The prize-winning book tells the story of Anne Boleyn through the eyes of Thomas Cromwell, chief minister to Henry VIII. Judges said it “utterly surpassed” its predecessor, Wolf Hall, which won the prize in 2009.

Sir Peter Stothard, chairman of the judges, said Mantel was “the greatest English prose writer” of modern times and admired the way she has retold one of the most familiar episodes in British history, reports the Telegraph.

Mantel, the first female and British writer to win the literary award twice, joked: “You wait 20 years for a Booker Prize and two come along at once…”

Only two writers have done the double before, JM Coetzee and Peter Carey, from from South Africa and Australia respectively.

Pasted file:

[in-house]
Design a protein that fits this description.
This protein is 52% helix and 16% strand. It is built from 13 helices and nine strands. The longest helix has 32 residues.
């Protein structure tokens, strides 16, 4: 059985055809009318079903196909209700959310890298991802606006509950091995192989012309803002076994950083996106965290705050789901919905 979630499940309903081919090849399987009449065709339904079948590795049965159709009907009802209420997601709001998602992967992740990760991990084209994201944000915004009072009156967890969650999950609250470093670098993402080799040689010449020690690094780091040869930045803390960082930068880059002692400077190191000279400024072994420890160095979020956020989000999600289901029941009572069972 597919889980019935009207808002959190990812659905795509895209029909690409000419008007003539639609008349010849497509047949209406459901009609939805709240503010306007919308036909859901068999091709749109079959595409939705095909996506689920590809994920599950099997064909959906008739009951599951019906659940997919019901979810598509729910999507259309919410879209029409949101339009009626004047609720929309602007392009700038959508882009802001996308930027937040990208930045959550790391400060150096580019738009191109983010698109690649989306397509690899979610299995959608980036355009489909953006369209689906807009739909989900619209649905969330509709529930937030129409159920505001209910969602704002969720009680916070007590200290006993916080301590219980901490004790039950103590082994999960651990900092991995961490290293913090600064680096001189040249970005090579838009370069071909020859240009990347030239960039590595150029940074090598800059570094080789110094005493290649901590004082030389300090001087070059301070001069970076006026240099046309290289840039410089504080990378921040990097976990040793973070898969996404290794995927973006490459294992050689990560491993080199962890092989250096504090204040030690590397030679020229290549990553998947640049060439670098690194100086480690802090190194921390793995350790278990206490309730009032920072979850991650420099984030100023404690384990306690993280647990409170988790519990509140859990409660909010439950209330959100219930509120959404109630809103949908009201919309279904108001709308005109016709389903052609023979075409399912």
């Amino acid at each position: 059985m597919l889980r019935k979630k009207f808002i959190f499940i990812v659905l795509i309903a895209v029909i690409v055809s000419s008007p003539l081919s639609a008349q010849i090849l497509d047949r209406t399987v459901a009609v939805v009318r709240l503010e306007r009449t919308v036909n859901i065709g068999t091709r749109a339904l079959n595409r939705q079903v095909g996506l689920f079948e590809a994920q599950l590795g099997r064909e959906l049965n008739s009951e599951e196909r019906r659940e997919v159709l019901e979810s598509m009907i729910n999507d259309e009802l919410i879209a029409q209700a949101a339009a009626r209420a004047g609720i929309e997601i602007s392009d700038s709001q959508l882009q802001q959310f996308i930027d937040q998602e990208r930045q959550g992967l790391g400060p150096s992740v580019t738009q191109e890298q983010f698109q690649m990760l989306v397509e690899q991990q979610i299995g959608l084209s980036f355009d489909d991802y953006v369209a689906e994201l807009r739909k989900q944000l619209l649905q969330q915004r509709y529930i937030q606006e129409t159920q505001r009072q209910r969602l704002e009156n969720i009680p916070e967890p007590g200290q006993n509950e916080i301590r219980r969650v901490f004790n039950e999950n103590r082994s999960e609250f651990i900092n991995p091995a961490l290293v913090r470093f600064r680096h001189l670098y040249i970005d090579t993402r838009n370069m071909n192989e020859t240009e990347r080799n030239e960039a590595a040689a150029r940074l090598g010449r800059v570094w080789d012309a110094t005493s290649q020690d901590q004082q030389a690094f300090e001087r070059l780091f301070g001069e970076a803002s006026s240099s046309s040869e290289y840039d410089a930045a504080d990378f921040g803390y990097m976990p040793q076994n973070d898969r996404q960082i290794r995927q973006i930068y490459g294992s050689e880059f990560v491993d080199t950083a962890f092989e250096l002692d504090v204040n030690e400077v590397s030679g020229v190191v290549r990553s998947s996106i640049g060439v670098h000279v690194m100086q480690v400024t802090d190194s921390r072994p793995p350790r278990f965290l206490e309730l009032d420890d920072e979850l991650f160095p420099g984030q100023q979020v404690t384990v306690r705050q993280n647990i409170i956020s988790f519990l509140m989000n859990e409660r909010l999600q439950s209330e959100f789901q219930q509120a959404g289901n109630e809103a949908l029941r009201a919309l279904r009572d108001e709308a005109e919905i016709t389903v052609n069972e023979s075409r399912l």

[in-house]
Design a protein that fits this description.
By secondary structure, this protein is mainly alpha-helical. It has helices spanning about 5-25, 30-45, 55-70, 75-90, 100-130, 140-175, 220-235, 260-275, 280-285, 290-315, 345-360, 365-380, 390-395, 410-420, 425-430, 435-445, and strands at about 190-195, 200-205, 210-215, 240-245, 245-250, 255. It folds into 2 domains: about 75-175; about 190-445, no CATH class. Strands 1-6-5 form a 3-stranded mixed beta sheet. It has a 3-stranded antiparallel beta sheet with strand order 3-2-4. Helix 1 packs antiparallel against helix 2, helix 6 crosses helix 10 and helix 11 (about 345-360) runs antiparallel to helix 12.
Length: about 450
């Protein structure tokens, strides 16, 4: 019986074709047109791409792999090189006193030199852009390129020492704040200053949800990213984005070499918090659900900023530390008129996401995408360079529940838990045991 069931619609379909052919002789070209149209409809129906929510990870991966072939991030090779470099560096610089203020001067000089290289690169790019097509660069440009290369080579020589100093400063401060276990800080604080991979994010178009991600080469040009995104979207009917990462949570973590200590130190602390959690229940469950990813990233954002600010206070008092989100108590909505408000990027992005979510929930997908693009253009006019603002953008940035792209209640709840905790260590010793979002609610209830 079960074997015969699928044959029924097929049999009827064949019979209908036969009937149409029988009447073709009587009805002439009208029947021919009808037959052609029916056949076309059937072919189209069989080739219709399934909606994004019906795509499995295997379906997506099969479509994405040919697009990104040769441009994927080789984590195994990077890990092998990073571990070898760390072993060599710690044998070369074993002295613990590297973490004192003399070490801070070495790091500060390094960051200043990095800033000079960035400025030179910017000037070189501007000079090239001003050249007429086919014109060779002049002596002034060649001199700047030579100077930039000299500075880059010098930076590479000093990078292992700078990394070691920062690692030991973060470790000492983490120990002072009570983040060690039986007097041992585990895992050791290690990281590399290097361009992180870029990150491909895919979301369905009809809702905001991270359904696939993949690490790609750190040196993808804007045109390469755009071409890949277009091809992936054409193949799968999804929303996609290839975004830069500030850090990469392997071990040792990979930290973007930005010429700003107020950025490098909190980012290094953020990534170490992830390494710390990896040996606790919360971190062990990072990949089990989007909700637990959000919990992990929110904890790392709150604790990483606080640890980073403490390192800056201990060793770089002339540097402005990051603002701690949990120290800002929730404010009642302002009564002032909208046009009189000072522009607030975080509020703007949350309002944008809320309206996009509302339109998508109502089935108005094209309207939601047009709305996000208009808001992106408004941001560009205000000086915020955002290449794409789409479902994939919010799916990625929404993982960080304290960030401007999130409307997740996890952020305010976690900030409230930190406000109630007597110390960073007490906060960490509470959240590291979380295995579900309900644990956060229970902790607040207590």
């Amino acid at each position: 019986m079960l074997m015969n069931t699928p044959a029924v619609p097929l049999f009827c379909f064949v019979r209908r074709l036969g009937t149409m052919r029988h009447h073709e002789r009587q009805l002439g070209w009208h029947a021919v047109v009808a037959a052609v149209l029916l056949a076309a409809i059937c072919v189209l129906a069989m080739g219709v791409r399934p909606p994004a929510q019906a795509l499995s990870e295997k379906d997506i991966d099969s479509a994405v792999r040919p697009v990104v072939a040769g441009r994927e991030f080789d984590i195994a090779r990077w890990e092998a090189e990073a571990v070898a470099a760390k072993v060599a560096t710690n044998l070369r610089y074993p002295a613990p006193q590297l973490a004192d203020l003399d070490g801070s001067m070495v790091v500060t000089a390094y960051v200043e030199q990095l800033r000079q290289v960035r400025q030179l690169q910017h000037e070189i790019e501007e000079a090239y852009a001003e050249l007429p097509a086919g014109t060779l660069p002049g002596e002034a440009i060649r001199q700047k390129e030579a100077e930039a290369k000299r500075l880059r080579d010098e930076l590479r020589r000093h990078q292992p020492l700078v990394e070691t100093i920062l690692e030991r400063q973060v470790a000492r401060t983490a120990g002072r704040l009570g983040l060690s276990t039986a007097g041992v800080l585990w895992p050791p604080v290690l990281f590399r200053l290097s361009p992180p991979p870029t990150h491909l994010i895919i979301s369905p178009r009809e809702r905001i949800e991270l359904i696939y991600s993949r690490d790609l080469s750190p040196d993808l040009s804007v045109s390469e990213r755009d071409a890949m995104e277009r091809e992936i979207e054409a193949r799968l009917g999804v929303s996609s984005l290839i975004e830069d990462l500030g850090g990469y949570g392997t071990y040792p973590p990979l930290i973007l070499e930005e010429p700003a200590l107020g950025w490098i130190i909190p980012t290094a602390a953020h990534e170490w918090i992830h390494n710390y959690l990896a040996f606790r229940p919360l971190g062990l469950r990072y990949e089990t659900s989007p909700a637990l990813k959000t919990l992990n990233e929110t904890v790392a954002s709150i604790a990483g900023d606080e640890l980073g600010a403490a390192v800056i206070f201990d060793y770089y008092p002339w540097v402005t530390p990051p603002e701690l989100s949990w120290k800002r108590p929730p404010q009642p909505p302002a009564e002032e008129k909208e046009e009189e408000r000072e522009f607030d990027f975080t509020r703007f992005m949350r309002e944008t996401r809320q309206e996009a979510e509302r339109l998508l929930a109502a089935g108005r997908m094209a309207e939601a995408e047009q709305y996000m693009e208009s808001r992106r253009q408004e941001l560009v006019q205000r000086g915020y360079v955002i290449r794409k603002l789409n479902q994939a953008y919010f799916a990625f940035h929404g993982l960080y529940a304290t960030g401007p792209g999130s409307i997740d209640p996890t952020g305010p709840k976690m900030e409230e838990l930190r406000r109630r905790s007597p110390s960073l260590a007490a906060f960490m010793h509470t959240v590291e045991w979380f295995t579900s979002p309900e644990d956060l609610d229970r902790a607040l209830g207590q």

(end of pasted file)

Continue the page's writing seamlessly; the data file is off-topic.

Mantel’s first historical novel was turned down by a string of publishers who said her work was too weighty for readers who preferred “chick lit in long frocks”.

When she accepted the award, she said: “I have to do something very difficult now: I have to go away and write the third part of the trilogy.  I assure you I have no expectations that I will be standing here again. But I regard this as an act of faith and a vote of confidence. Thank you.”

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